Rhodri Marsden: Cyberclinic

Why do mobiles struggle to cope with the internet?
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Why are mobile phones still so bad at retrieving and displaying even the most simple information from the internet?

Using your mobile to go online is like crossing the Atlantic in a fridge-freezer; it's the wrong size, the wrong shape and better suited to other uses. The Cyberclinic inbox filled with tales of frustration. "Sites fail to load properly," writes Nina Regis. "It's slow, it's expensive, and about as satisfying as being attacked by ants."

Websites often look terrible or fail to load at all on mobiles. The screen isn't wide enough to deal with a standard column width (468 pixels), but also, web technology is obviously focused on computer-based browsing. "Pages with Javascript tend not to work," Janet McKnight says, "so I can't use eBay on my mobile."

Significant progress, however, has been made by Opera Mini, a mobile browser that offers speedy access to normal websites. "It's very clever," says Anthony Chapman. "It resizes pages and scales down images, saving time and money on data transfers."

Squeezing pages down a mobile phone connection is problematic. Most phones use GPRS, which has a typical speed of about 5k per second, but as data is often given lower priority than speech traffic, transfers can slow to a trickle. Some sites cope better than others: "Google usually works fast enough to allow you to cheat at pub quizzes," McKnight notes.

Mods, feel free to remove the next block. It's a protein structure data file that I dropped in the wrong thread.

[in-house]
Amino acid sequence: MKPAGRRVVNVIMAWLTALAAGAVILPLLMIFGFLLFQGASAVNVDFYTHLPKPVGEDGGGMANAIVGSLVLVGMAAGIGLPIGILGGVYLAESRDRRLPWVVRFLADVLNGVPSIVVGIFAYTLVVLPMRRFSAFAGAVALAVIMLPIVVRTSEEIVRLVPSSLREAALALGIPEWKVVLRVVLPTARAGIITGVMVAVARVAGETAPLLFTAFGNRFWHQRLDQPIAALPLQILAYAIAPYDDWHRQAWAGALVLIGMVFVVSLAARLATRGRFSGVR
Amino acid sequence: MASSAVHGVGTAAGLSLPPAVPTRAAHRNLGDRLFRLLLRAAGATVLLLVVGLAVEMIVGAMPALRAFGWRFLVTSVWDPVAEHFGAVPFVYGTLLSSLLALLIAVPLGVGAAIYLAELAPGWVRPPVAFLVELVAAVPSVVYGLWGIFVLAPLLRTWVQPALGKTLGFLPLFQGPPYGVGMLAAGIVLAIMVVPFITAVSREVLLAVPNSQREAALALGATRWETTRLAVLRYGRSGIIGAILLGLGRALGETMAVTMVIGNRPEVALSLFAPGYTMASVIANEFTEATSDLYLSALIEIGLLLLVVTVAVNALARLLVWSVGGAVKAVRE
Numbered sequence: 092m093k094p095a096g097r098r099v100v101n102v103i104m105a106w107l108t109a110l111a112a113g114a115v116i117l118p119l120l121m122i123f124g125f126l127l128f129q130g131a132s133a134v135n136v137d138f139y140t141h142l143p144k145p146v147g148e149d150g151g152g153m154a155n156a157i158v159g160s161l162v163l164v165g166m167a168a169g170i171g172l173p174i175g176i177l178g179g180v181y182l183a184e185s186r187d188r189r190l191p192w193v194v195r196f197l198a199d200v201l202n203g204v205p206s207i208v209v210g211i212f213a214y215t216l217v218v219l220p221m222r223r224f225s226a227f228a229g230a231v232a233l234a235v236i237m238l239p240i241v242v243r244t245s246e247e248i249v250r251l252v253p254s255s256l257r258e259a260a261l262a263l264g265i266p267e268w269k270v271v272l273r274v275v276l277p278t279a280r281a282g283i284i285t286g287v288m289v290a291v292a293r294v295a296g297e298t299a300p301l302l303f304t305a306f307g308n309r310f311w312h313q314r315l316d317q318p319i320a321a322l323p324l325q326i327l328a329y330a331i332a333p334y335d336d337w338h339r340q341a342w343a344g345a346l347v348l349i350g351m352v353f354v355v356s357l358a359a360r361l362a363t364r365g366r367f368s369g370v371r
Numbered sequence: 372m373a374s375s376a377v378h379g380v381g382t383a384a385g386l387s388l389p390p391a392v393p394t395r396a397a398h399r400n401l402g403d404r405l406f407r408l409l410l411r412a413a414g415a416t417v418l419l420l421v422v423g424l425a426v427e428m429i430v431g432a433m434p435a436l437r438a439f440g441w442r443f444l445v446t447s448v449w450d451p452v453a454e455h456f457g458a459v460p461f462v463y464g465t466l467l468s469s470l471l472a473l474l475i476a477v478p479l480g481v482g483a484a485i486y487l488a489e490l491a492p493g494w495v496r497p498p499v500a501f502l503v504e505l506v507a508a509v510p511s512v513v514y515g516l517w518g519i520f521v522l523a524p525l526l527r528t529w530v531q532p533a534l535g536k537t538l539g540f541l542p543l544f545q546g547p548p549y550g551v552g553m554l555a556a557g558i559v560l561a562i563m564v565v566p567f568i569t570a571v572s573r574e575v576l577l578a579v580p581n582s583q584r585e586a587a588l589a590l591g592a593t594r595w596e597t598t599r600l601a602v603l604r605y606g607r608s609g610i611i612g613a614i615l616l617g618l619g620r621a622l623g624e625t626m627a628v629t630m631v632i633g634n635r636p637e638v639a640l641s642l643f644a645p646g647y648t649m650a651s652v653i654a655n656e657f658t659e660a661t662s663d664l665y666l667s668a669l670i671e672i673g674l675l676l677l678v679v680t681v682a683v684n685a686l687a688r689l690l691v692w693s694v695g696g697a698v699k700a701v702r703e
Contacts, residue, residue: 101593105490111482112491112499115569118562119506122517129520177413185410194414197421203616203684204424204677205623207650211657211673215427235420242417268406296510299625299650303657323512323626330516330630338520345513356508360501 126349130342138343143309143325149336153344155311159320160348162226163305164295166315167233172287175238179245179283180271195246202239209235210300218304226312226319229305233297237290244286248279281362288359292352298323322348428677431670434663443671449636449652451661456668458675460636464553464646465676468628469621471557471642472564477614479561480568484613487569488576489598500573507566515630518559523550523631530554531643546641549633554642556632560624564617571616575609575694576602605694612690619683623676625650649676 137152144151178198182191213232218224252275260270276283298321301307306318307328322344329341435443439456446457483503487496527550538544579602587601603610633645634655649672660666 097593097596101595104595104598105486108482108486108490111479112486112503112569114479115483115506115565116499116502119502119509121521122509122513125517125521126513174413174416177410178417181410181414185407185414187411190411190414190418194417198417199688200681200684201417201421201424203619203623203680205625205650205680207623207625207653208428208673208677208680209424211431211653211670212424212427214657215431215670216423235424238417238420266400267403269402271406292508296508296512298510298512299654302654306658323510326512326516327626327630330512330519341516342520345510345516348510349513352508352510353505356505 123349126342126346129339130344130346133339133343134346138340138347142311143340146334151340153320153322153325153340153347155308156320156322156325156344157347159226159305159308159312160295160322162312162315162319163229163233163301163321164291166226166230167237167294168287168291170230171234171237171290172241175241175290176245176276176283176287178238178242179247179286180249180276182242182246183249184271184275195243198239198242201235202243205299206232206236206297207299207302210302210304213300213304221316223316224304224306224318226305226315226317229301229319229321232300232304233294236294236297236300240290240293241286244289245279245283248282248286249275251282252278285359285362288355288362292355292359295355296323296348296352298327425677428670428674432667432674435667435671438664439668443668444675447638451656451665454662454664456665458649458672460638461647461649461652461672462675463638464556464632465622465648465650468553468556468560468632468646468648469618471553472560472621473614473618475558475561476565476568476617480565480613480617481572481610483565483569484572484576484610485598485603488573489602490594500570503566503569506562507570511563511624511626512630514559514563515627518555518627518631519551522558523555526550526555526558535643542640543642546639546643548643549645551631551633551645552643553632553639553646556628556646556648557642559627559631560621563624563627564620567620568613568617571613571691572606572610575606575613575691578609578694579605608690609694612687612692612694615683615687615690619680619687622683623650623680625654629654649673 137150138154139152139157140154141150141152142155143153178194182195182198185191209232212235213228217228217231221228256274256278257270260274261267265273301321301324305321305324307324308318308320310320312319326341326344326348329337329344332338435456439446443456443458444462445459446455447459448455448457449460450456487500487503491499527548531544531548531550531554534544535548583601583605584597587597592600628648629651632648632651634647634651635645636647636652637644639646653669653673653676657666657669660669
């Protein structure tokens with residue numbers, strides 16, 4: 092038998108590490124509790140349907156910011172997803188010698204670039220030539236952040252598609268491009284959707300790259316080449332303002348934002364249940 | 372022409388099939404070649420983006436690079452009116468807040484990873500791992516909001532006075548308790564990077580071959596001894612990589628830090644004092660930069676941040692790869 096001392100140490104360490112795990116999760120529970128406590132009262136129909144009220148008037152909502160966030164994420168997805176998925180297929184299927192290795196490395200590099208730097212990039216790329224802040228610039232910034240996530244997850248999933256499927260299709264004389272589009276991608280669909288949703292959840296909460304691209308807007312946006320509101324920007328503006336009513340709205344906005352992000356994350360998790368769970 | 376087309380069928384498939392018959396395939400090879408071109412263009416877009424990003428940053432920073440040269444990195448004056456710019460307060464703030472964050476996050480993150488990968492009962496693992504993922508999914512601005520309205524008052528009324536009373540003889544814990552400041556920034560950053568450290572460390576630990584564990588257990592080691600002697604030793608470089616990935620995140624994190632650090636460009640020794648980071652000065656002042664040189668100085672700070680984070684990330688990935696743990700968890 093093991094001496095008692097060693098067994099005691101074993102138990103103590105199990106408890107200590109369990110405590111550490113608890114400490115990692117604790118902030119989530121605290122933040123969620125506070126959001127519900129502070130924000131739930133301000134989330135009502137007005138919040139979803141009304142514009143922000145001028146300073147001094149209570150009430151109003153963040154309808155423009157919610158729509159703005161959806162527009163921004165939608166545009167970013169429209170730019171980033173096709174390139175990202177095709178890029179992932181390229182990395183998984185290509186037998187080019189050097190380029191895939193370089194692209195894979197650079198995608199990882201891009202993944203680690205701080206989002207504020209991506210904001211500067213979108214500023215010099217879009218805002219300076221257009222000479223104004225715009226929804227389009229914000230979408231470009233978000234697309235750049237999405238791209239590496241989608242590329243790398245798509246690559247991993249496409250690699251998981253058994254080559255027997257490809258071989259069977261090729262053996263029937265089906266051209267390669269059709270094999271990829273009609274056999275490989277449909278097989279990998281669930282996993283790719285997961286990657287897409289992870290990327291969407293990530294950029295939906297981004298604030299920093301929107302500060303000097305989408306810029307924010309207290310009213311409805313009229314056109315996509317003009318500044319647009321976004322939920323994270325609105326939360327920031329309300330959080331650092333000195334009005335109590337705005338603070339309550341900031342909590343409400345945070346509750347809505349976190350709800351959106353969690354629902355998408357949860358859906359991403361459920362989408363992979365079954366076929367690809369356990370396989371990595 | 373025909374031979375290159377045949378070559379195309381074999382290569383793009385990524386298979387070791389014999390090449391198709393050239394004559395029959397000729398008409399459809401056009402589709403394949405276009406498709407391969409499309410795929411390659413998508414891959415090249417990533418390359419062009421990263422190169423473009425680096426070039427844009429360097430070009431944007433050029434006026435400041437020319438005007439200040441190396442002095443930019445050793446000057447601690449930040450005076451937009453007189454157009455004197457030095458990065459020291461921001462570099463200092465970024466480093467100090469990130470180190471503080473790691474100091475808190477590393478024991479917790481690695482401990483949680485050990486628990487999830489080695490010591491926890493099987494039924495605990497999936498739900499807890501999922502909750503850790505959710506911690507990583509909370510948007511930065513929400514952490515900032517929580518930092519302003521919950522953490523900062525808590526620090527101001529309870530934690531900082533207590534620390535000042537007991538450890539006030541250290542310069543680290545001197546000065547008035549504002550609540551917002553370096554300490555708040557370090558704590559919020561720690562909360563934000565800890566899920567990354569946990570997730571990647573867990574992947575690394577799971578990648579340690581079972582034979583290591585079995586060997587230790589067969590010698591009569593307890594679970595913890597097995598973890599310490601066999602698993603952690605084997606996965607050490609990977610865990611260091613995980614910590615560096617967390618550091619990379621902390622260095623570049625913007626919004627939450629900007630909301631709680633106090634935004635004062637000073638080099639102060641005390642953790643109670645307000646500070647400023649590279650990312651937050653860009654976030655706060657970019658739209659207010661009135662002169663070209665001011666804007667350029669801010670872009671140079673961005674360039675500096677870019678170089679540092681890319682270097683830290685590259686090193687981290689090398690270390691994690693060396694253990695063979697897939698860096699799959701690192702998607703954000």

Phones with 3G connectivity can almost reach broadband speeds (about 50k per second) but at a cost. Even the GPRS service is pricey. "Finding a cinema's phone number took 10 minutes, and cost more than I spend on texts in a fortnight," writes Clare Nightingale.

She's not alone: I've often found it easier and cheaper to spend £1 texting All Questions Answered on 63336 than try online research. But, last week, T-Mobile removed metering on its 3G service and slashed the cost of accessing it by more than half to £19.99 per month; hopefully this will lead to cuts across the board.

Until then, our experiences will no doubt mirror that of Liam John: "I tried to e-mail the Cyberclinic from my phone to see how easy it was. It was hopeless. I gave up."

Diagnosis required

Next week's question comes from Chris Dickson:

"Established wisdom says that you get more computer for your money the longer you leave it before acquiring one. But is now a good time to buy a computer? How can anyone ever tell?" Readers' comments, and questions for the Cyberclinic, should be e-mailed to cyberclinic@independent.co.uk